India has rejected Russian and U.S. firms for a potential $11 billion fighter jet contract, shortlisting European defense firms Dassault and Eurofighter, in a move that indicates an effort by Asia’s third-largest economy to broaden its strategic ties.
Russia’s MiG, U.S. Boeing and Lockheed Martin, and Sweden’s Saab have been ruled out for the order, sources said Thursday.
The order for 126 fighter jets for the Indian air force, which mainly relies on Russian aircraft and some French Mirage jets, is one of the largest export orders in the history of defense.
The order has been keenly contested by global defense firms and has seen lobbying from leaders like President Dmitry Medvedev, Britain’s David Cameron and France’s Nicholas Sarkozy.
The rejection comes despite lobbying from U.S. President Barack Obama and rapidly expanding ties between the two nations, and came on the day that U.S. Ambassador to India Timothy Roemer unexpectedly resigned, citing “personal, professional and family considerations.”
“The Americans will be very unhappy, and people who have been backing the contract will say India has not sufficiently taken into account the political relationship with the U.S.,” said Kanwal Sibal, a former Indian foreign secretary.
“That is a political setback for relations.”
Eurofighter, which makes the Typhoon fighter jet shortlisted for the order, is a four-nation consortium of EADS, representing Germany and Spain, Britain’s BAE Systems and Italy’s Finmeccanica. Dassault makes the Rafale.
Lockheed Martin’s F-16 and Boeing’s F/A-18 Super Hornet, along with Russia’s MiG-35 and Sweden’s Saab JAS-39, did not meet the Indian air force’s technical requirements, a defense ministry source told Reuters.
“To the extent that it has come down to the Rafale or Typhoon, the Europeans have, in a sense, won. India is balancing its international relationships,” said Howard Wheeldon, senior strategist at BGC Partners in London.
The U.S. Embassy in India declined to comment on whether Roemer’s resignation was linked to the development, with a spokeswoman referring queries to a statement on its web site.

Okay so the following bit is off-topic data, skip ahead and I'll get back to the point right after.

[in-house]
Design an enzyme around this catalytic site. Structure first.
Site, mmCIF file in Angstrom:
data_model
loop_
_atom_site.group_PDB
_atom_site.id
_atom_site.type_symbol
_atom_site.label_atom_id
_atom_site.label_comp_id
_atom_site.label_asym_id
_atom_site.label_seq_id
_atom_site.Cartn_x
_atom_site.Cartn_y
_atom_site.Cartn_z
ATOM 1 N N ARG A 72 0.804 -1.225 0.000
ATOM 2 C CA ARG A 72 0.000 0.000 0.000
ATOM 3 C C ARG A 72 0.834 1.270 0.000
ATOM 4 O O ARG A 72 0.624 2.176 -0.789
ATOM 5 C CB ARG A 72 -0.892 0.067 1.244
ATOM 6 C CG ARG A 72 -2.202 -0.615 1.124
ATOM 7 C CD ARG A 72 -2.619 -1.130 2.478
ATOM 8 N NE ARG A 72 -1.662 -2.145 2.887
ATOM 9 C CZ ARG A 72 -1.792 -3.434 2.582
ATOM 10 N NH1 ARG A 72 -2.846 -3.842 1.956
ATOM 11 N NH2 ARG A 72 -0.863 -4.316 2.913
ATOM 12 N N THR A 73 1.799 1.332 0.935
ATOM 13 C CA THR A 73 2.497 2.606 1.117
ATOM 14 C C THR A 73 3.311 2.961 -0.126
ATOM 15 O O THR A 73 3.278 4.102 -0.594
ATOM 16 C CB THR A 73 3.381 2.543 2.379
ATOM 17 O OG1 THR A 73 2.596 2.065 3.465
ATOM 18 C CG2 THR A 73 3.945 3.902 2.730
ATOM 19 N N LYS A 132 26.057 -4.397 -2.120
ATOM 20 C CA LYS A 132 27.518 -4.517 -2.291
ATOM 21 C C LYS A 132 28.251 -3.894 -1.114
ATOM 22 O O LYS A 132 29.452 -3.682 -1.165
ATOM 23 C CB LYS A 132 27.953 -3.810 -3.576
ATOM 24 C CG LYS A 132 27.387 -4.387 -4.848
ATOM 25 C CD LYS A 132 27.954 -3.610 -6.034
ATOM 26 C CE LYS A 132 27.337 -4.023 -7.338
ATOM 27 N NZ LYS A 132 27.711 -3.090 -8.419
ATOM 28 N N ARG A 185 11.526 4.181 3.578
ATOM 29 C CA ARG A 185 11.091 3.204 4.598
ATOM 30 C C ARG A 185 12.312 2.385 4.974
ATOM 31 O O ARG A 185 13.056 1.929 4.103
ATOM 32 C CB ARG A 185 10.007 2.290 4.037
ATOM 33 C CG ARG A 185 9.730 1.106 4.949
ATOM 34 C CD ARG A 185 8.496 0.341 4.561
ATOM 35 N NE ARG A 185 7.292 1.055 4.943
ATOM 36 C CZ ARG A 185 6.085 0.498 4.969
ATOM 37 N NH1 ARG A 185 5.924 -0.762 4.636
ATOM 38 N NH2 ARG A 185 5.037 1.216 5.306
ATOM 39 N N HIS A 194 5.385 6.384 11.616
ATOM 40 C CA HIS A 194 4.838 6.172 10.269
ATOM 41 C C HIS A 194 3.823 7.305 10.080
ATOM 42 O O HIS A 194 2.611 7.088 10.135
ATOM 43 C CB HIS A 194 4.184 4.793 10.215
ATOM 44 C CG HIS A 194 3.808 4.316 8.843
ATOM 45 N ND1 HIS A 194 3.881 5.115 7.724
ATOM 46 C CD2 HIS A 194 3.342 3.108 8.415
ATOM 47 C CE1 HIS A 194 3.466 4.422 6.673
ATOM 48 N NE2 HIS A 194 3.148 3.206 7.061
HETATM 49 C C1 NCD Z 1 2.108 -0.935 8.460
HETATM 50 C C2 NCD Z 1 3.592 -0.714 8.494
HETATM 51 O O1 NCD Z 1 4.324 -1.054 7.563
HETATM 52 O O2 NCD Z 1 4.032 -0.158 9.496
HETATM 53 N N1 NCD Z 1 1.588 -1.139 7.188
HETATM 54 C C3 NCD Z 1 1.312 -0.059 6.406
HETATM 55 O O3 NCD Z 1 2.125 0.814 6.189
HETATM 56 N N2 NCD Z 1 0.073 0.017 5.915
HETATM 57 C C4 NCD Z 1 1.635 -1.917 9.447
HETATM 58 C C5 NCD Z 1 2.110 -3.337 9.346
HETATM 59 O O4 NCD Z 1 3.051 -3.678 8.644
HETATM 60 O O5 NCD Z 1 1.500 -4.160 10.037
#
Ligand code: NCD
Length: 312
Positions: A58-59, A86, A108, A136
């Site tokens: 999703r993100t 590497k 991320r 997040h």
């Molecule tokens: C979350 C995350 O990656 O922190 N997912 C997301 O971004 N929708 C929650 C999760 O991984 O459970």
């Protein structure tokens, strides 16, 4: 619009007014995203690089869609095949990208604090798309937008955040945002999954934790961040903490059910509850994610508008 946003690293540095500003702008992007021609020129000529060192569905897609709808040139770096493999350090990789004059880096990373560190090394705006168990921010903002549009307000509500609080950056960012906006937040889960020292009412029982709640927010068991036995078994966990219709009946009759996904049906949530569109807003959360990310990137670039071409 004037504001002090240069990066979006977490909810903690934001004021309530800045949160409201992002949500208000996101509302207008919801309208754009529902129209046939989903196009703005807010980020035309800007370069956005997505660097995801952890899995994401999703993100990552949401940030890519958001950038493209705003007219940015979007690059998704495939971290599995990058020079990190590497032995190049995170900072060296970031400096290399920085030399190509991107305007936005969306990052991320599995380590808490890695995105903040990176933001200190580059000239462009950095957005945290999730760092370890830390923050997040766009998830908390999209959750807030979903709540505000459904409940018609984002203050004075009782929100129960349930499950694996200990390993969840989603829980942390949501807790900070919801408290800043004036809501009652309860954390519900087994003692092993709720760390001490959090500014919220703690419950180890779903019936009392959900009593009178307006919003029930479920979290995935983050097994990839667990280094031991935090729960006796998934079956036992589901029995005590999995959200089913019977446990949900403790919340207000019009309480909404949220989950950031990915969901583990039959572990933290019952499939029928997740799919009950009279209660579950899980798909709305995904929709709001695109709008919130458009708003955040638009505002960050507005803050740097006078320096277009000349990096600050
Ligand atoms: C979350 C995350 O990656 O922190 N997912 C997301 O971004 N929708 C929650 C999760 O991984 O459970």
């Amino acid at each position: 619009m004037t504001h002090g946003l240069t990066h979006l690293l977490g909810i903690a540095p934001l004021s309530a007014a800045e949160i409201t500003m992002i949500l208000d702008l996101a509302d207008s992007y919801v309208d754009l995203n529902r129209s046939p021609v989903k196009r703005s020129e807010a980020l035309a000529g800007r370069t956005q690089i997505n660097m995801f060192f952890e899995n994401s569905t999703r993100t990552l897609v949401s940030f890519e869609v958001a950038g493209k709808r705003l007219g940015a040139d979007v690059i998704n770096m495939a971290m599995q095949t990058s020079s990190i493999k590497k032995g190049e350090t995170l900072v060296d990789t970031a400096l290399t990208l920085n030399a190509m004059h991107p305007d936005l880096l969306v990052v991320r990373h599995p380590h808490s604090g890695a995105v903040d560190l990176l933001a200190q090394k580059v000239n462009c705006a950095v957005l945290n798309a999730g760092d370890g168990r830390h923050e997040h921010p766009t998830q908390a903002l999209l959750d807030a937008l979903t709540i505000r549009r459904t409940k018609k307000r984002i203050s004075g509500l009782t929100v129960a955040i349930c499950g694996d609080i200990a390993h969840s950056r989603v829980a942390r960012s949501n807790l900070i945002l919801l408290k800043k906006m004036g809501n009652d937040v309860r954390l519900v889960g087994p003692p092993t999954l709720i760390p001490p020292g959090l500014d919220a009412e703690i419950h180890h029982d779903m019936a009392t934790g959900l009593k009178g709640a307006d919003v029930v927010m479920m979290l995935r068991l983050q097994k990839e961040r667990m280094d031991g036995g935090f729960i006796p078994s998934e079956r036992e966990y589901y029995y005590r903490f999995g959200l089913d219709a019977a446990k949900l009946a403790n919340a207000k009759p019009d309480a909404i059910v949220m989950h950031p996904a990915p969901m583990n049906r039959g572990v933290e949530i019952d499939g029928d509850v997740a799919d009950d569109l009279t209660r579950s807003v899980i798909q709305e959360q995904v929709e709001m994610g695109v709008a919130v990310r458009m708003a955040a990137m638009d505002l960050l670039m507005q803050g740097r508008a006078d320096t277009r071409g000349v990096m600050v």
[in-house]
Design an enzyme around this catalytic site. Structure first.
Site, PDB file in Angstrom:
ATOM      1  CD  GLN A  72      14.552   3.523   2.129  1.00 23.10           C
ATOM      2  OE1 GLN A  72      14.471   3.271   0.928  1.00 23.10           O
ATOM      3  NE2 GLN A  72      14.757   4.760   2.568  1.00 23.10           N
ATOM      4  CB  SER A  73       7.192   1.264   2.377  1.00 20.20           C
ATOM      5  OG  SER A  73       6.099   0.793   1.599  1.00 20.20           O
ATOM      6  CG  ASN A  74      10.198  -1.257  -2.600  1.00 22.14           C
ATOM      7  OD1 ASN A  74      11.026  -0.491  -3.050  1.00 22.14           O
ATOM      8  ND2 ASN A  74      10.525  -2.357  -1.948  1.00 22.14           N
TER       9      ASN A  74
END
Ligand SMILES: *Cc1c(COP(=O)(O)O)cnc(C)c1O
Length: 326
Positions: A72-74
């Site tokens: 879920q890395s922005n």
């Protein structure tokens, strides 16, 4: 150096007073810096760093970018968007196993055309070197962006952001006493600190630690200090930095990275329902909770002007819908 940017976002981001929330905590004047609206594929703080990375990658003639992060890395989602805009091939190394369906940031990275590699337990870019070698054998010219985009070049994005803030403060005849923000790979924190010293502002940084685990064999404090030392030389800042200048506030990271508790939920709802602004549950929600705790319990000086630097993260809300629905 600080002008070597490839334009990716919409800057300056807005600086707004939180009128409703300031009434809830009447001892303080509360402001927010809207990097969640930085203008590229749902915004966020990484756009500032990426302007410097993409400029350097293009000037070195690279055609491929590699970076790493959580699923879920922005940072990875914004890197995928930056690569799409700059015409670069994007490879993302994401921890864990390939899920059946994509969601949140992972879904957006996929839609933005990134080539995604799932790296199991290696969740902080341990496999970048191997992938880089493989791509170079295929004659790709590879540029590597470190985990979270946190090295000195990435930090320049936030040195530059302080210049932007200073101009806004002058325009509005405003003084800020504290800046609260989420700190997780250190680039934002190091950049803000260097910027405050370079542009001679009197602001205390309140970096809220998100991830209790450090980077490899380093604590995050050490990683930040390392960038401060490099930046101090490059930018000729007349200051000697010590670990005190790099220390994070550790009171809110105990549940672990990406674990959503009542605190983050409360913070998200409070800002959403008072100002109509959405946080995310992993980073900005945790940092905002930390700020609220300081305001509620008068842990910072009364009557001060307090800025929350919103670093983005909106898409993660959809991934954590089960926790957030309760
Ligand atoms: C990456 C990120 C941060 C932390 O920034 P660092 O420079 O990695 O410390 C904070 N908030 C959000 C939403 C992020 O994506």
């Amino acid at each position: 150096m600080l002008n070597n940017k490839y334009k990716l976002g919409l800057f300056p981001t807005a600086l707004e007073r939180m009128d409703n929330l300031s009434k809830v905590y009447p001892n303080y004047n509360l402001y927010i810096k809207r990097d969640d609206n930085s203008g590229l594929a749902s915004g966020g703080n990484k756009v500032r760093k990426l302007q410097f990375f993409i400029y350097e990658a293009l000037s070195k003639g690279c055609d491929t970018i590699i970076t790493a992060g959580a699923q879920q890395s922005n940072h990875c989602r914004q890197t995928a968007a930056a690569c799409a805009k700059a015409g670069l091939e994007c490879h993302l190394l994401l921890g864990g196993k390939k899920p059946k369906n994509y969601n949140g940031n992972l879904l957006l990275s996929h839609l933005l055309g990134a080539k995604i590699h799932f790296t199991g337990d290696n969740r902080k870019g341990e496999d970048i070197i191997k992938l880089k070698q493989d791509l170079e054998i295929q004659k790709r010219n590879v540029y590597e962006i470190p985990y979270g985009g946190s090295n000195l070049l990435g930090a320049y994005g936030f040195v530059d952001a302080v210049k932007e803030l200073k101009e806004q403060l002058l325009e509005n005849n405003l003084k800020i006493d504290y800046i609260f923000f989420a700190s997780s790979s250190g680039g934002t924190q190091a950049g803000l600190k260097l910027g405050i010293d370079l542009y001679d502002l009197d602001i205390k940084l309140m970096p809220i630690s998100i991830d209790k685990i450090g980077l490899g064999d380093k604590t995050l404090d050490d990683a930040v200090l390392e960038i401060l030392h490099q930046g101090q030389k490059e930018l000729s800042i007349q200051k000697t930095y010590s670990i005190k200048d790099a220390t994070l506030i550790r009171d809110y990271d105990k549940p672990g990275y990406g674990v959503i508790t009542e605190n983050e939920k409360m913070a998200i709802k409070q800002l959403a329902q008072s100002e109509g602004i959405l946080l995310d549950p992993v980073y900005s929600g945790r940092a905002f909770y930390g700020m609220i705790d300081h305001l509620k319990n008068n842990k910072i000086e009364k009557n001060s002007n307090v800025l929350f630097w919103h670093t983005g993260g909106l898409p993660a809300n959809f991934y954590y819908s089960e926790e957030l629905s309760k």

“He [Roemer] also stated that he had accomplished all of the strategic objectives set forth two years ago,” according to the statement.
India is the world’s largest arms importer, accounting for 9 percent of the global arms trade between 2006 and 2010, according to data from Swedish think tank Stockholm International Peace Research Institute.
Its defense budget for the year to March 2011 rose 11.6 percent to $36.28 billion, but is still less than half of that officially spent by long-term rival China.
It plans to spend $50 billion over the next five years to upgrade its military — which is largely made up of Soviet-era equipment — to counter the rising might of China and threats from Pakistan.
The fighter jets deal will elevate India’s air power capabilities and allow it to deploy the weaponry near the western and northeastern frontiers to tackle any threat from Pakistan or China.
New Delhi fears Beijing is trying to strategically encircle it as the two emerging economies compete for resources globally, while Pakistan already has the F-16 fighters in its fleet.
The contest now sets up a showdown between two multirole European fighters now actively deployed in policing the no-fly zone over Libya, both hungry for export sales to compensate for defense spending cuts at home.
France pulled out of the early stages of the Eurofighter project 30 years ago and opted to build its own fighter plane, the Rafale, as a successor to the Mirage. The Dassault-built Rafale is still looking for its first foreign buyer.
A New Delhi-based spokeswoman for Lockheed said it was told by U.S. authorities that Washington would respond to the Indian defense ministry’s letter on the competition.